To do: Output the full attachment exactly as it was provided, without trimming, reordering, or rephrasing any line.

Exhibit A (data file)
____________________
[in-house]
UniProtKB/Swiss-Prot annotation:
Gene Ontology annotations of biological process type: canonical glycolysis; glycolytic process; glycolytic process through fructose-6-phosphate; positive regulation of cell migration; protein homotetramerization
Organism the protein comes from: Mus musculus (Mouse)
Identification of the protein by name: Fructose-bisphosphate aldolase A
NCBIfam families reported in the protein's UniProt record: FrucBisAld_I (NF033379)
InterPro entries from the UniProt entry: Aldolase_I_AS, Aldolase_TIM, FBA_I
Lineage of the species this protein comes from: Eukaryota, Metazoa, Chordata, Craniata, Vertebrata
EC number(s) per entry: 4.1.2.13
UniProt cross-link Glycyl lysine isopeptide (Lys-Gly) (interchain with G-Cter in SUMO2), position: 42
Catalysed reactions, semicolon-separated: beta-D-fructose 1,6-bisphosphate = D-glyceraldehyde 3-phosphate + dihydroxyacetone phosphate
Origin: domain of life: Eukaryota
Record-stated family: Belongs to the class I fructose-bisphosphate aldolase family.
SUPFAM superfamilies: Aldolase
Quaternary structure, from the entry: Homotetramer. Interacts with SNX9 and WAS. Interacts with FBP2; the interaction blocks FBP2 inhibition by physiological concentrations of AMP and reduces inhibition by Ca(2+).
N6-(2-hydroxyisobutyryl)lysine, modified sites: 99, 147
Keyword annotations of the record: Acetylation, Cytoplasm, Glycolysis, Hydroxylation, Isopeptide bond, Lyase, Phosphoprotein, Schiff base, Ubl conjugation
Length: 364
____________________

[in-house]
UniProtKB/Swiss-Prot annotation:
Gene Ontology annotations of biological process type: canonical glycolysis; glycolytic process; glycolytic process through fructose-6-phosphate; positive regulation of cell migration; protein homotetramerization
Organism the protein comes from: Mus musculus (Mouse)
Identification of the protein by name: Fructose-bisphosphate aldolase A
NCBIfam families reported in the protein's UniProt record: FrucBisAld_I (NF033379)
InterPro entries from the UniProt entry: Aldolase_I_AS, Aldolase_TIM, FBA_I
Lineage of the species this protein comes from: Eukaryota, Metazoa, Chordata, Craniata, Vertebrata
EC number(s) per entry: 4.1.2.13
UniProt cross-link Glycyl lysine isopeptide (Lys-Gly) (interchain with G-Cter in SUMO2), position: 42
Catalysed reactions, semicolon-separated: beta-D-fructose 1,6-bisphosphate = D-glyceraldehyde 3-phosphate + dihydroxyacetone phosphate
Origin: domain of life: Eukaryota
Record-stated family: Belongs to the class I fructose-bisphosphate aldolase family.
SUPFAM superfamilies: Aldolase
Quaternary structure, from the entry: Homotetramer. Interacts with SNX9 and WAS. Interacts with FBP2; the interaction blocks FBP2 inhibition by physiological concentrations of AMP and reduces inhibition by Ca(2+).
N6-(2-hydroxyisobutyryl)lysine, modified sites: 99, 147
Keyword annotations of the record: Acetylation, Cytoplasm, Glycolysis, Hydroxylation, Isopeptide bond, Lyase, Phosphoprotein, Schiff base, Ubl conjugation
Length: 364